Frans Steyn is apparently out of the World Cup. Steyn’s return to the No12 jersey during this World Cup was a revelation. It’d be obviously incorrect to say that the centre partnership of de Villiers and Fourie lacks physicality, but the strength that Steyn brings to the role, the amount of go-forward ball he generated and the unorthodoxy of his ridiculous gamut of skills gave the Springbok midfield something the Mole didn’t even realise it was lacking.
Steyn has all the attributes to challenge for the title of best player in the world, and bringing him close to the centre of the action and getting the ball in his hands a lot was a smart move from Crazy Piet. You could argue that he was the obvious choice to replace the injured Jean de Villiers, having performed exactly that role in the last World Cup, but it was still a good call.
The Mole had speculated that he played too selfishly to be part of a truly coherent centre partnership, but if anything he looked even more effective at first centre than he did from fullback. However, his World Cup looks to be over just at the point where he could launch his bid to be the star of the tournament. Here’s Crazy Piet:
“Frans Steyn is likely to go home. His shoulder isn’t that good. The doctor will confirm it 100 percent this morning, but it’s 95 percent that he’s on his way home and that is a big blow for us.”
It’s a serious blow to the Boks. Steyn’s incredible long-range goal-kicking – he hit the bar from fully 63m out against Samoa, and kicked another one from inside his own halfway line – not only gives South Africa the ability to put points on the board from stray penalties their opponents concede in otherwise innocuous positions, it also forces the territory issue. If the kicks miss, the opponent is likely either to kick a 22m drop-out long, giving the ball back to the Boks, or try an orthodox drop-out to regain possession, a set-piece that Matfield, Russouw and Spies are more than capable of winning and setting up possession deep in opposition territory.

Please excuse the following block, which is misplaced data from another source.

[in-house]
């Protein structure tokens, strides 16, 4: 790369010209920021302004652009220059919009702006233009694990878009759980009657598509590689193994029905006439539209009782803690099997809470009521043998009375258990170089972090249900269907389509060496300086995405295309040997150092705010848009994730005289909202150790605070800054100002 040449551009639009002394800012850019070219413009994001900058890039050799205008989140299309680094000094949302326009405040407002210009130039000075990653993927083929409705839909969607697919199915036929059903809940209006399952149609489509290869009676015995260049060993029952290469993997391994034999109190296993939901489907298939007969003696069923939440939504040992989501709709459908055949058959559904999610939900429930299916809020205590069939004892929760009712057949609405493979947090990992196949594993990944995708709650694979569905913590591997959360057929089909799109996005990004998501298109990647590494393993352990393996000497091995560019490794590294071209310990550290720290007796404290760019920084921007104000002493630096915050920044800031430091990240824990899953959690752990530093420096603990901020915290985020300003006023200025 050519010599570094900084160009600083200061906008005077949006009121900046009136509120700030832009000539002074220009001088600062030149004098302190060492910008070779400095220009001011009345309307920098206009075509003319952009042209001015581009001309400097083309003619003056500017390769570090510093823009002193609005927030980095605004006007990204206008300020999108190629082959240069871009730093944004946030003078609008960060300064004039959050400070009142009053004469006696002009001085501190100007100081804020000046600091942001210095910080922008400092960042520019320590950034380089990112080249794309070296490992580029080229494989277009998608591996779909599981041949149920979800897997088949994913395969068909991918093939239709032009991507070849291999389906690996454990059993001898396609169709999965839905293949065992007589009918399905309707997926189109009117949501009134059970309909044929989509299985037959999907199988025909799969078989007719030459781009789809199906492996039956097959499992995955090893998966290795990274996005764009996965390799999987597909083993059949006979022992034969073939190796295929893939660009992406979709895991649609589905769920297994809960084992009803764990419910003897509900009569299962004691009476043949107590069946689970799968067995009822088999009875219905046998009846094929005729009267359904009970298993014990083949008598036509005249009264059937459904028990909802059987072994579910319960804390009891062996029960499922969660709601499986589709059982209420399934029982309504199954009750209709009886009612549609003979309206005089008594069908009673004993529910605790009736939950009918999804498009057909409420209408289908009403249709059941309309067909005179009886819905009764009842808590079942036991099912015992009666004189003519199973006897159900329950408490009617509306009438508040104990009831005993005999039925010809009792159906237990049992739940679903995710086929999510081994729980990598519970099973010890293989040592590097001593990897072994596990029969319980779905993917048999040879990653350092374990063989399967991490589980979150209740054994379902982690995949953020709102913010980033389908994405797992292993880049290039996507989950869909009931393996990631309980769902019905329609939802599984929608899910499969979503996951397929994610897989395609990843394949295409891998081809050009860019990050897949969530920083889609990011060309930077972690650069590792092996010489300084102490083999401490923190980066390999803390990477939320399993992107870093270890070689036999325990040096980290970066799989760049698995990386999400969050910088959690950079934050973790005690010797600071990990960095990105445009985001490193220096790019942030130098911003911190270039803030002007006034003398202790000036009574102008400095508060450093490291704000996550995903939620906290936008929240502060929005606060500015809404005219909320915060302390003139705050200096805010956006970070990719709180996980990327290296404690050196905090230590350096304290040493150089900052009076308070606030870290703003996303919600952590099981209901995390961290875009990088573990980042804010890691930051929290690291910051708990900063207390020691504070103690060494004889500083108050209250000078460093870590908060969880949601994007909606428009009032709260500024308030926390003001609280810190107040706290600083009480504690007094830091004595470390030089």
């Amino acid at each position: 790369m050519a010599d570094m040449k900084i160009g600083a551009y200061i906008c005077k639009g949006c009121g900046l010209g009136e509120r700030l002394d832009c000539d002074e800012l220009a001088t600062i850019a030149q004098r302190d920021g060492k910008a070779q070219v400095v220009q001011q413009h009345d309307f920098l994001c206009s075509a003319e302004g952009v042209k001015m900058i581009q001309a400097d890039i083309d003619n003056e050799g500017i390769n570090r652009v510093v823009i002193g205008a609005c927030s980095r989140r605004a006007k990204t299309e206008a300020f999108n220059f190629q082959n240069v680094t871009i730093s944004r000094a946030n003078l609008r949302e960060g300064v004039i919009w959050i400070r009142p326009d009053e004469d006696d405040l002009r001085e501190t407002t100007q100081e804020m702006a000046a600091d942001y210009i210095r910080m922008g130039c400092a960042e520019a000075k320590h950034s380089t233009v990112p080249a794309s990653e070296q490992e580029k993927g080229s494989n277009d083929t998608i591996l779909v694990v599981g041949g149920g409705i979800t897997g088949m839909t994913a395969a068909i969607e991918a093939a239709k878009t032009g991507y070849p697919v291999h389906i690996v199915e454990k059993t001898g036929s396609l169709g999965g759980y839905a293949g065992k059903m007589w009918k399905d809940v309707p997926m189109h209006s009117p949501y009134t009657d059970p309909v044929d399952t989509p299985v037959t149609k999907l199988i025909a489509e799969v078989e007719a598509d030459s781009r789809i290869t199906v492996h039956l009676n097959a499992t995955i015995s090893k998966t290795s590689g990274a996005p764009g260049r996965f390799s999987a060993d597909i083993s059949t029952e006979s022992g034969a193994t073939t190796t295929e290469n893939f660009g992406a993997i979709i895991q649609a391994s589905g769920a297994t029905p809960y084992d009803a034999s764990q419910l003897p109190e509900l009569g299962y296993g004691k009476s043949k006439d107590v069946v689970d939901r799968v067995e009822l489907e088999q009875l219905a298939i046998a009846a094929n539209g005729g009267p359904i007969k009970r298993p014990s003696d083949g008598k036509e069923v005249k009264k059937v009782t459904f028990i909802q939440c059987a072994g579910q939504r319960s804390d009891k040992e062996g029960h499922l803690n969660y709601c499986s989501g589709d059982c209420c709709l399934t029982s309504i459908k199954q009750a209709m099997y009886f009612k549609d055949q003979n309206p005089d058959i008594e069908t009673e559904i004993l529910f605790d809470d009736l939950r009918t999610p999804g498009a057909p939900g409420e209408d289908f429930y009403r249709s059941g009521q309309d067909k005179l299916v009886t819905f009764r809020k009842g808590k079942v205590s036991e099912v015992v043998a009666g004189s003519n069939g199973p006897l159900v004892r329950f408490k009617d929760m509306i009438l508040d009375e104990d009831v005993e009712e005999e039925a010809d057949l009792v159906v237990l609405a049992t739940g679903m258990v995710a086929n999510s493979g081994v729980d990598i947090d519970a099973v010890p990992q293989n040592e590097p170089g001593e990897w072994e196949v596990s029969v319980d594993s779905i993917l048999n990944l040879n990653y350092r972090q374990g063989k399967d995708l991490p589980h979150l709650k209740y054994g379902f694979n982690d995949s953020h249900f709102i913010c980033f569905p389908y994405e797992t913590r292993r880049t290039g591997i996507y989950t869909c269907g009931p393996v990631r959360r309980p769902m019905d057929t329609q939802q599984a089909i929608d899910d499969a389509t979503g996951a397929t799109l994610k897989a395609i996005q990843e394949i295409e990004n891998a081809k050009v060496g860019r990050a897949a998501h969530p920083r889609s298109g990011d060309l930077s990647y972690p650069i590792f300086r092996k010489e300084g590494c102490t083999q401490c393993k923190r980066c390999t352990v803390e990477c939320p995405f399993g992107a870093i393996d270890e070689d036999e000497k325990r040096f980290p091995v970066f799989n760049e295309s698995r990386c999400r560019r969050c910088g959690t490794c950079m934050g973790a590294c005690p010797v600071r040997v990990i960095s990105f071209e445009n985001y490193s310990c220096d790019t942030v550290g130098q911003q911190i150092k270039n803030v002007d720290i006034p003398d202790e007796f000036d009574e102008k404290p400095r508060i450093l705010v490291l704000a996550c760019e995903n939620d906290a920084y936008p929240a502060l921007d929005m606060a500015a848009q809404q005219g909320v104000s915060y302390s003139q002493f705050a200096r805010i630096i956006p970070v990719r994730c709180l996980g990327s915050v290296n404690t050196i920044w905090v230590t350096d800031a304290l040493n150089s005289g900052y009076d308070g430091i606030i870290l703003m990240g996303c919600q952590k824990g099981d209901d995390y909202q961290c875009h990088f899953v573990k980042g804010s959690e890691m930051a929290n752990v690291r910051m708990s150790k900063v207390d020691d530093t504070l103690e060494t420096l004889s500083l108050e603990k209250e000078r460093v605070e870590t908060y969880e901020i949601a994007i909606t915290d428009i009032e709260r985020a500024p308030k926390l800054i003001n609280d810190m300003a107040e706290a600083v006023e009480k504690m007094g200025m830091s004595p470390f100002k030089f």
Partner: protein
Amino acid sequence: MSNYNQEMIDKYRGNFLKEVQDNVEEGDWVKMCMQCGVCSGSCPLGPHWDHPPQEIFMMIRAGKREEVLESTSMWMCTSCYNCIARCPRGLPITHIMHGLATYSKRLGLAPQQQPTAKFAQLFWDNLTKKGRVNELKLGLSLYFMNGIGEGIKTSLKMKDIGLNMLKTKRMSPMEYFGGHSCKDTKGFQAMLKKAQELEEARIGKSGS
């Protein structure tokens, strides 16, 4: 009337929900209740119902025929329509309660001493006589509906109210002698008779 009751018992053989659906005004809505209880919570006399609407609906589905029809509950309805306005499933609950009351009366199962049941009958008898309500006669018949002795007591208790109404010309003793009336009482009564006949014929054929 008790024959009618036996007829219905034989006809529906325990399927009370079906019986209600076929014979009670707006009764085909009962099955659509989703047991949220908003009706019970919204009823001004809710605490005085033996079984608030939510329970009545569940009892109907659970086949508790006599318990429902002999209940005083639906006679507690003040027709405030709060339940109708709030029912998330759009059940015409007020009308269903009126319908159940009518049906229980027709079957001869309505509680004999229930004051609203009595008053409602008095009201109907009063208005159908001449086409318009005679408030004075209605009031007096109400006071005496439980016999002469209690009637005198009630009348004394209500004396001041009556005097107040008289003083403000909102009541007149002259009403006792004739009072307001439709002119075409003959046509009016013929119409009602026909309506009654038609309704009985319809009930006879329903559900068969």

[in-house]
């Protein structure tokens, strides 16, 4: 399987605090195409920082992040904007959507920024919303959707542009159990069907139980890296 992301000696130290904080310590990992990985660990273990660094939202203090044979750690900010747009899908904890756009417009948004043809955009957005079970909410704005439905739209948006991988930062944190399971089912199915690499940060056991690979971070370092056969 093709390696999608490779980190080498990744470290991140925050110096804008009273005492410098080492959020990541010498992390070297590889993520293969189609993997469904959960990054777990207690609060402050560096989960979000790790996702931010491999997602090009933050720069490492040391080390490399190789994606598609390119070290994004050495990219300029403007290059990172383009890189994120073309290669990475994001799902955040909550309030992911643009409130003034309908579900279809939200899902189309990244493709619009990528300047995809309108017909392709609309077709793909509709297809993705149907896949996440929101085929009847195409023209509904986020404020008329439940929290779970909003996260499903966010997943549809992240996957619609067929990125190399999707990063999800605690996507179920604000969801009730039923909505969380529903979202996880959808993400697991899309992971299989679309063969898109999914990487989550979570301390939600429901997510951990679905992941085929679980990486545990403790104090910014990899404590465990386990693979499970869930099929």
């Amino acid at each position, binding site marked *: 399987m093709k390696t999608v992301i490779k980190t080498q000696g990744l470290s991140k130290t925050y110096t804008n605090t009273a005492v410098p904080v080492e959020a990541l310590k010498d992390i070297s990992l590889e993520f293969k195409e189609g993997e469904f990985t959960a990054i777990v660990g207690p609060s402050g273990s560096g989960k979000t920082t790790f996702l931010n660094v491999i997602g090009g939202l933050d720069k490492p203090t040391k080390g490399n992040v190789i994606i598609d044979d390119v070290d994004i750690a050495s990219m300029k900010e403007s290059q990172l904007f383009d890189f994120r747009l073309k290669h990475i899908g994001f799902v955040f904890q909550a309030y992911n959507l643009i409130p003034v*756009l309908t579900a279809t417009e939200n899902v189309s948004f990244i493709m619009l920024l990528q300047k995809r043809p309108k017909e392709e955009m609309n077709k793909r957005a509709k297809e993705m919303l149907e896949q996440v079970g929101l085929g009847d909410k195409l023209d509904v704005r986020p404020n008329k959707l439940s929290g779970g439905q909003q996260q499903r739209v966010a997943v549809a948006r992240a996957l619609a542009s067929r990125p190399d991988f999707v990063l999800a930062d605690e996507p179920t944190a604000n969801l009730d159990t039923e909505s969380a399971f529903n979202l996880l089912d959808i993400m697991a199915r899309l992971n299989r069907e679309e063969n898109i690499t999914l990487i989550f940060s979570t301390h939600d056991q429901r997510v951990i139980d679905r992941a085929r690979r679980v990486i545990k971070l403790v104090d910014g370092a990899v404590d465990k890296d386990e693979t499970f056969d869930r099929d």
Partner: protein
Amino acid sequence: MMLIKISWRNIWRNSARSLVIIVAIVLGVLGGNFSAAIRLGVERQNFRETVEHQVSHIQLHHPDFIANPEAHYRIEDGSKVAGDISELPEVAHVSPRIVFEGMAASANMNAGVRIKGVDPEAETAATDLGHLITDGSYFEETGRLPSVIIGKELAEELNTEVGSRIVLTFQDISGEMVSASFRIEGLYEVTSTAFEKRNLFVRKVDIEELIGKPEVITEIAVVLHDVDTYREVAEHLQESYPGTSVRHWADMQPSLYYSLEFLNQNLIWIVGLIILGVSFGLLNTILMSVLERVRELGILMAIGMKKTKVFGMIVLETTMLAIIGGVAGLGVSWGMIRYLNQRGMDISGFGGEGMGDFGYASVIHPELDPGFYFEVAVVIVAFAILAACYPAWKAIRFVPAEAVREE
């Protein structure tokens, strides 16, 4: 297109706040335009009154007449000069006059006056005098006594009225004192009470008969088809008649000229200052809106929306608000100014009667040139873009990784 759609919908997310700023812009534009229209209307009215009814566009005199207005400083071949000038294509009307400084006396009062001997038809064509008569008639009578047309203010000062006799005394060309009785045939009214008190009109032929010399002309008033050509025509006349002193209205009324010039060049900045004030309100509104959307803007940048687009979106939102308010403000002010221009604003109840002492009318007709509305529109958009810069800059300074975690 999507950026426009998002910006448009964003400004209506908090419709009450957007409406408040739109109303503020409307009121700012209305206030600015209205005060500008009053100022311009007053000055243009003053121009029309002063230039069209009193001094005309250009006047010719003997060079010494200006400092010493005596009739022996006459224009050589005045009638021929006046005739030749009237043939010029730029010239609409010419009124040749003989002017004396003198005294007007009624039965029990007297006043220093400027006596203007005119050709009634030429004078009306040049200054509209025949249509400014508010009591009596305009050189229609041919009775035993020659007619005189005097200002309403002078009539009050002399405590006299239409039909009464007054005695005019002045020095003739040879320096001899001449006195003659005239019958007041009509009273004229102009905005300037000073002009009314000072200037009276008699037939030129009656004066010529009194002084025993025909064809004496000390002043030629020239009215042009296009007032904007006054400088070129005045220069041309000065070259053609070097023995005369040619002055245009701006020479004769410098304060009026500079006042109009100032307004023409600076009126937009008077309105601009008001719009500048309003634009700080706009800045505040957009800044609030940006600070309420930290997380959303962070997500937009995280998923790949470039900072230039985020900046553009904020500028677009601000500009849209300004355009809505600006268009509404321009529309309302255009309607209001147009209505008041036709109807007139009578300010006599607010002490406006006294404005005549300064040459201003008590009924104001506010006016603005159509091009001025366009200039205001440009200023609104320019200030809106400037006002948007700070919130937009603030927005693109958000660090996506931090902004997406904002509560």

Drew Mitchell appears to have suffered a text-book hamstring tear against the Russians. He was running on to a ball around halfway, made a cracking pick-up and as he was about to go for full throttle he pulled up sharply, grabbing at his hamstring and being escorted out of touch by a chasing Russian winger.
A hamstring tear can happen to anybody, but Mitchell’s quick return from serious injury directly into the Australian World Cup squad will again have Deans’ critics at his throat. It’s the last thing the Dingo needs. No8 Radike Samo was forced on to the wing against the Russians because of the lack of available wing options, and Mitchell’s injury further weakens his hand. Digby Ioane may very well find himself starting a quarterfinal, broken thumb or not.
However, unquestionably the biggest name on the injury list is Dan Carter. The New Zealand outhalf collapsed with an injured groin in the last All Black training session before the Canada match, and from images circulated on ESPN Scrum.com and BBC.com, he seems to be in serious pain. He was due to captain the All Blacks in Richie McCaw’s absence, but now seems like he may be a doubt for their quarterfinal … at least.
Neophyte Colin Slade has been called into the No10 jersey for the Canada game, but he’s no sort of replacement for the great Carter. Piri Weepu is also capable of playing outhalf, but New Zealand without Carter simply aren’t the same team as they are when he’s there. There’s little argument against the proposition that he is the most influential player in rugby, and while the New Zealand of RWC07 vintage had the luxury of a top-quality back-up in Nick Evans [and an experienced and bang in-form five-eighth in Luke McAlister], the cupboard is a lot more bare this time round.
Carter is so important that the Mole can see the Kiwis running all sort of shenanigans to keep him in the squad for a semi-final appearance, even if it means another player has to be sent home to make way for an experienced outhalf [the afore-mentioned Evans or perhaps recent All Black discard Steven Donald] to bridge the QF gap should Slade not step up to the mark against the hard-working Canucks.